The Santa Barbara Channel is a hot spot for ships hitting whales. Three endangered whale species (humpback, blue, and fin) come to the area to feed between May and November. Couple that with international shipping lanes squeezed between the mainland and the Channel Islands, and things can get bloody.
“We have this immense overlap of endangered whales in a business ocean highway, going right through their feeding grounds,” says Callie Steffen, a scientist from UC Santa Barbara's Benioff Ocean Initiative. She’s leading a program called Whale Safe, which aims to cut down on ship-whale strikes.
The Whale Safe program, which launched in 2019, works in three parts. First, an acoustic monitoring system uses underwater microphones to detect whales. Second, Benioff’s “dynamic blue whale habitat model” uses data to predict where the whales will be. Third, the program relies on whale sightings data that comes from trained observers and citizen scientists aboard whale-watching ships.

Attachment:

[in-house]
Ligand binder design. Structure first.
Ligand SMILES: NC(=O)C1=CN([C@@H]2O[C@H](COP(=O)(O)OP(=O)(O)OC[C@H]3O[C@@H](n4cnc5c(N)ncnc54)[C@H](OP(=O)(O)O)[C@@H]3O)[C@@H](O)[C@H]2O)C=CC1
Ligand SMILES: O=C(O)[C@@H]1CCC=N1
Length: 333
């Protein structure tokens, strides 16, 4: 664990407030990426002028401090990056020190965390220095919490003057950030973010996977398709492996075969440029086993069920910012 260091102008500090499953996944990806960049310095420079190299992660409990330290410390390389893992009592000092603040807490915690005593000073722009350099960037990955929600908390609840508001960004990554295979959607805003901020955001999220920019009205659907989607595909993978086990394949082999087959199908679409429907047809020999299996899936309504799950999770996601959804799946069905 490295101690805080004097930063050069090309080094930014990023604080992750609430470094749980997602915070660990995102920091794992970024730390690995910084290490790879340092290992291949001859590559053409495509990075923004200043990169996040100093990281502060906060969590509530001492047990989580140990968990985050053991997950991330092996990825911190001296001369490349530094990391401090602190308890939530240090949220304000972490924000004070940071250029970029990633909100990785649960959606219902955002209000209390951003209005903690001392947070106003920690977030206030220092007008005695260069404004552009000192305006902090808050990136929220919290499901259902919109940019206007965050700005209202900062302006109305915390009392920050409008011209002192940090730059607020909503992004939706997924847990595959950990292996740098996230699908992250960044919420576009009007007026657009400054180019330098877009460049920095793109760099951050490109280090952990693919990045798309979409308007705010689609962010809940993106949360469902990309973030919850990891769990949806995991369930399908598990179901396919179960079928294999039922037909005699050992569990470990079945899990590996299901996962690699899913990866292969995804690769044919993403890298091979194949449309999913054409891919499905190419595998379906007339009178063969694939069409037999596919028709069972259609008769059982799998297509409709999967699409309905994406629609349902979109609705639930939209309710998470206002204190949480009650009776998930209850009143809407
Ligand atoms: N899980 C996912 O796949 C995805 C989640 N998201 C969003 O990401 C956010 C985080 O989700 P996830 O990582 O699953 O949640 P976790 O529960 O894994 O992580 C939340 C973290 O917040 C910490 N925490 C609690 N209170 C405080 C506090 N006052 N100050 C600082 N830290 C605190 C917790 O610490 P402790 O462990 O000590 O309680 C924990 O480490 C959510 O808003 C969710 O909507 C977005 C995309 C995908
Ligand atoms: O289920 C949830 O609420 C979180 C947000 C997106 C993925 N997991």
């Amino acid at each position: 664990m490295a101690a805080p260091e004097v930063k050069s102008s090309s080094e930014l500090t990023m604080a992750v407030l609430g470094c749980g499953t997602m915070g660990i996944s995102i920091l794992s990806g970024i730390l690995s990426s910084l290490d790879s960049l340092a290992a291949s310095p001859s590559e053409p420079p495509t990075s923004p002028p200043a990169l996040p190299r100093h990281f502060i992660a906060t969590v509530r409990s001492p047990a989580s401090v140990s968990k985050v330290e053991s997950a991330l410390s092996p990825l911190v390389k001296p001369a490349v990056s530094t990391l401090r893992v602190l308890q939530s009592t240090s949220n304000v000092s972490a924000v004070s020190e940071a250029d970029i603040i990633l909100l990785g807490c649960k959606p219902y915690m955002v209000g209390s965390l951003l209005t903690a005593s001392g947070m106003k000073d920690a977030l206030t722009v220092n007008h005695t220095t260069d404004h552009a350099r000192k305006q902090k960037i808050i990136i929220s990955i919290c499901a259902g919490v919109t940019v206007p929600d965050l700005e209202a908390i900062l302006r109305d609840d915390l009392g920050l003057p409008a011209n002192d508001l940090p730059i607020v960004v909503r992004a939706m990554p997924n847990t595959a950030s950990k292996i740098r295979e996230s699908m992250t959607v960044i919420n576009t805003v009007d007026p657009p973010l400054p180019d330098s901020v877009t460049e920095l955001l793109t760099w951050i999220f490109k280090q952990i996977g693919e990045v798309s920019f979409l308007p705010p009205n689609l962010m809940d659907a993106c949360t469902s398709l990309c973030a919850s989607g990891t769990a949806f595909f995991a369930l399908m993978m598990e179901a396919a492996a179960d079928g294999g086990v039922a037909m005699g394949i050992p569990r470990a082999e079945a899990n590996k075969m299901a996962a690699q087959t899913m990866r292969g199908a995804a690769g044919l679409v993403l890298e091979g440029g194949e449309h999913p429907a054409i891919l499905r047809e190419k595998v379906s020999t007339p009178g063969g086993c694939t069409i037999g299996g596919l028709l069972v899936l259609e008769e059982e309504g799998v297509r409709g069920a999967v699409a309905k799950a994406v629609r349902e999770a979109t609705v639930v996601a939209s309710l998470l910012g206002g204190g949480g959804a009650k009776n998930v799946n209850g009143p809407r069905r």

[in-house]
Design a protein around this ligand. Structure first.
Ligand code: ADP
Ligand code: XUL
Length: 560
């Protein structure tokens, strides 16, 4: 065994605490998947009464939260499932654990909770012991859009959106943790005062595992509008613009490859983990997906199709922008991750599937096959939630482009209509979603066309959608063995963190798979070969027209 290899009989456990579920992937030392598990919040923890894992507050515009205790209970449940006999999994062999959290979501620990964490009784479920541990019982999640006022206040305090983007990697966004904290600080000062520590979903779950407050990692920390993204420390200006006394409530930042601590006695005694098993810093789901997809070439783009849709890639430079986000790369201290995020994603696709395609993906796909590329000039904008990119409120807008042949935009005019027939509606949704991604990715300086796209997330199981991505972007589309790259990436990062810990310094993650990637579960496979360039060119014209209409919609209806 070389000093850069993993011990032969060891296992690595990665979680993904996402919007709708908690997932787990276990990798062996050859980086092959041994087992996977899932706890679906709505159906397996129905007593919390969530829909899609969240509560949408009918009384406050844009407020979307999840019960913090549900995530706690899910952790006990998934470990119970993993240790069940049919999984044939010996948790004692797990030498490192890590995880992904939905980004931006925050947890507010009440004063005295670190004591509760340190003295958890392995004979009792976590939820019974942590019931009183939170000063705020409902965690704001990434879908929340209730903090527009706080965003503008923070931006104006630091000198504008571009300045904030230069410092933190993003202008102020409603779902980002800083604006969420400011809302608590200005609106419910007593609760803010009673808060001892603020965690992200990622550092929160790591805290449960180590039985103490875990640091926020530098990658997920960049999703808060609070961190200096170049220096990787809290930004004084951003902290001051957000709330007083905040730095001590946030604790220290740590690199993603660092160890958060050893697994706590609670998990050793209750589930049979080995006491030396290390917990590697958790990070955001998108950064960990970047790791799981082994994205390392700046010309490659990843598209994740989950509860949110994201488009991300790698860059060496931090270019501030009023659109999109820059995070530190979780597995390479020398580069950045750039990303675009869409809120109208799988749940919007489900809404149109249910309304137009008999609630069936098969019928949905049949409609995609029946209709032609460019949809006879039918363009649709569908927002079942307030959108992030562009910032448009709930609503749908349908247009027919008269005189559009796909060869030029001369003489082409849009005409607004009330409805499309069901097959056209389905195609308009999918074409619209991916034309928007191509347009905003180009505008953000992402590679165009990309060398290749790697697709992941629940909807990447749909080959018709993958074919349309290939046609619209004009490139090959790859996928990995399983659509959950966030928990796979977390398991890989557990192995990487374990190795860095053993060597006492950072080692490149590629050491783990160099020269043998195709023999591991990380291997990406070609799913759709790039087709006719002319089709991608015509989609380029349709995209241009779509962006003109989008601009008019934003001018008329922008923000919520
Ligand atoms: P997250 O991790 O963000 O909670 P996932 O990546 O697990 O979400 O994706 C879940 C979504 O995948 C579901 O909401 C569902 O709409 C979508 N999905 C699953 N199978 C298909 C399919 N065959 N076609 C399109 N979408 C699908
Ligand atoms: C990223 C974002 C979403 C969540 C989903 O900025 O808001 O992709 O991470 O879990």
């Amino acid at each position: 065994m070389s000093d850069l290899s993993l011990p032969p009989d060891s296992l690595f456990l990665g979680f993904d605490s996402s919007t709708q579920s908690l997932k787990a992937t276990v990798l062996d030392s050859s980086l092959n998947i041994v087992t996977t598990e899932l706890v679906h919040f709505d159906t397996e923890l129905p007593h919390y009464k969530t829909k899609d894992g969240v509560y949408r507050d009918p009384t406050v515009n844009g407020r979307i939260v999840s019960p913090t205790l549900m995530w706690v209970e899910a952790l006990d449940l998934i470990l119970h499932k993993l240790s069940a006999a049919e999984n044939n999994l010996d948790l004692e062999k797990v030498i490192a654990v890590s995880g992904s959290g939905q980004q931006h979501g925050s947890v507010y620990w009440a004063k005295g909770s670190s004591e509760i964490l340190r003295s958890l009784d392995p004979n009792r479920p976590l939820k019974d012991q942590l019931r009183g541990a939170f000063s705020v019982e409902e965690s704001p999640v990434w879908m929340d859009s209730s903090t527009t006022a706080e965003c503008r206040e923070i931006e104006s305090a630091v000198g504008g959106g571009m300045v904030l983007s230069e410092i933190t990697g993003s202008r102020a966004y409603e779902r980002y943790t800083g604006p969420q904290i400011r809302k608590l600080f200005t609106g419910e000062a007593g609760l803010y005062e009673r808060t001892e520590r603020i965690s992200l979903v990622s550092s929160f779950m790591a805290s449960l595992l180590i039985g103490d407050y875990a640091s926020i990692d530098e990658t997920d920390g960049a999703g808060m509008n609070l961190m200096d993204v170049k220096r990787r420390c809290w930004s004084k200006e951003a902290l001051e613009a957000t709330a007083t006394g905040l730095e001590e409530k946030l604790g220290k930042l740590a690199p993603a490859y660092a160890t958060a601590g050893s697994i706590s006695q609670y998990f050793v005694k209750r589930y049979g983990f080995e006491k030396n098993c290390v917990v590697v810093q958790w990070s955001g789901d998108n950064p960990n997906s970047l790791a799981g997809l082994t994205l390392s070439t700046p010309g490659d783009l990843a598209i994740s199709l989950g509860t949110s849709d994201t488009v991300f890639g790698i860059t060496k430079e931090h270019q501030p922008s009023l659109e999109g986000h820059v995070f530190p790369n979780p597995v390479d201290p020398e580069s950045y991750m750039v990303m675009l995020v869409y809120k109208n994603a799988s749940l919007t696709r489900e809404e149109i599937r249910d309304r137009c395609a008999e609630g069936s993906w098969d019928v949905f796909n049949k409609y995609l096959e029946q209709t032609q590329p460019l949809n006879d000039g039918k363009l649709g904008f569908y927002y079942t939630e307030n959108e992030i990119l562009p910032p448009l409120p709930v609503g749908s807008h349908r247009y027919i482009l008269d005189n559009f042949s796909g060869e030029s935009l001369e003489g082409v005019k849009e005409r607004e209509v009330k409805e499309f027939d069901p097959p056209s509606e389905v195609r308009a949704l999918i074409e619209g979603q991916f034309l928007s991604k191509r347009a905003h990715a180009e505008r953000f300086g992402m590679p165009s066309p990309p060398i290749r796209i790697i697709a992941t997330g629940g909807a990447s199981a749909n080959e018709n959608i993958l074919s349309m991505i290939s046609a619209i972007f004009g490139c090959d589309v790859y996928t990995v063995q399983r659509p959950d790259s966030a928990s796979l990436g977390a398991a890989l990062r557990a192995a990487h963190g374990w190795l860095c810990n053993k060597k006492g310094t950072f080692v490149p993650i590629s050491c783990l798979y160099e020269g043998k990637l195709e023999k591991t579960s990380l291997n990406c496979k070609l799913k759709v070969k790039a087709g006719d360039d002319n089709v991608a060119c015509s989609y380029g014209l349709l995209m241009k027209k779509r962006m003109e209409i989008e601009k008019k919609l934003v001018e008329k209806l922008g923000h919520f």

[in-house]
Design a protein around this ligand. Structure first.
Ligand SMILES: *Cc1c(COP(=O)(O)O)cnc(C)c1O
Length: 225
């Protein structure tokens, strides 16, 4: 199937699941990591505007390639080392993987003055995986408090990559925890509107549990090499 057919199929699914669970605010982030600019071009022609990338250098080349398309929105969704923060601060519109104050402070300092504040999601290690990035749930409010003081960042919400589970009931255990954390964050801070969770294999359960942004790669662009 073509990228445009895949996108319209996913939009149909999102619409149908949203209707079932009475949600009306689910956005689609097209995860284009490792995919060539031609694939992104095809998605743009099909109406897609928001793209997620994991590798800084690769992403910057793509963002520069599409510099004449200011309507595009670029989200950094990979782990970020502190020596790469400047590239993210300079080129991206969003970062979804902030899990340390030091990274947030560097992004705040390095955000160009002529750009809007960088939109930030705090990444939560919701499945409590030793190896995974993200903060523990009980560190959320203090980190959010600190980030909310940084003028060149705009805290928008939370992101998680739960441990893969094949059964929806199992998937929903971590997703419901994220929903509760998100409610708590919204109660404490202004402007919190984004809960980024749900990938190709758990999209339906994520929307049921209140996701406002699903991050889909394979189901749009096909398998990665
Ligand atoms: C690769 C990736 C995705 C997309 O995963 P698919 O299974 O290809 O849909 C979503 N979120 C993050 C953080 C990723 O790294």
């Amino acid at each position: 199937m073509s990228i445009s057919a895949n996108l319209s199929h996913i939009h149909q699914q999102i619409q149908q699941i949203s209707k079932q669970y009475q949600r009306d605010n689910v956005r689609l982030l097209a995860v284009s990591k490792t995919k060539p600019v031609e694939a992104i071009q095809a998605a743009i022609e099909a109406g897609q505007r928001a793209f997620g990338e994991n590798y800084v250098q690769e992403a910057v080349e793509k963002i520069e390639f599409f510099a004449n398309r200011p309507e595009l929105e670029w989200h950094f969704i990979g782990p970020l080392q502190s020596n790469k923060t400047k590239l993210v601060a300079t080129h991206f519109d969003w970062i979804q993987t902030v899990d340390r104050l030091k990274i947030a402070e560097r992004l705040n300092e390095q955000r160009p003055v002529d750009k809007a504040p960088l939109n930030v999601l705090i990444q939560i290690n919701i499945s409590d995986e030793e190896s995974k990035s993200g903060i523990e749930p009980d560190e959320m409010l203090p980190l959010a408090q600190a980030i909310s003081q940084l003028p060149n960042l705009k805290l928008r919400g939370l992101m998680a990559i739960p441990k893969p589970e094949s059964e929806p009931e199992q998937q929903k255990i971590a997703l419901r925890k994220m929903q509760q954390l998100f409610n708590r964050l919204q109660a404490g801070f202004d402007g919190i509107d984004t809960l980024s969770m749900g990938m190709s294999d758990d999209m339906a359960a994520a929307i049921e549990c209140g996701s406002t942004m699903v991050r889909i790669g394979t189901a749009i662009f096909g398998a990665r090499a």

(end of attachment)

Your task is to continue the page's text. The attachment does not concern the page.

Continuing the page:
The program compiles all the data together to make what they call “the whale presence rating,” which goes from low to very high ratings. Think of it like a Smokey the Bear fire rating, but for whales.
That data is available through the website, email alerts, and automated Twitter feed. Shipping companies can easily pull the data into their communications and slow down when the “whale presence rating” is high.
Steffen says today, roughly 55% of all vessels moving through the channel slow down, a huge improvement compared to when the program began.
“But it’s still not enough. We’d like to see that number closer to 100,” she says.
Scientists estimate that 80 endangered whales are killed on the U.S. West Coast by ships every year. Those estimates are most likely lower than the actual number of whale deaths because many sink to the bottom of the ocean and go undetected.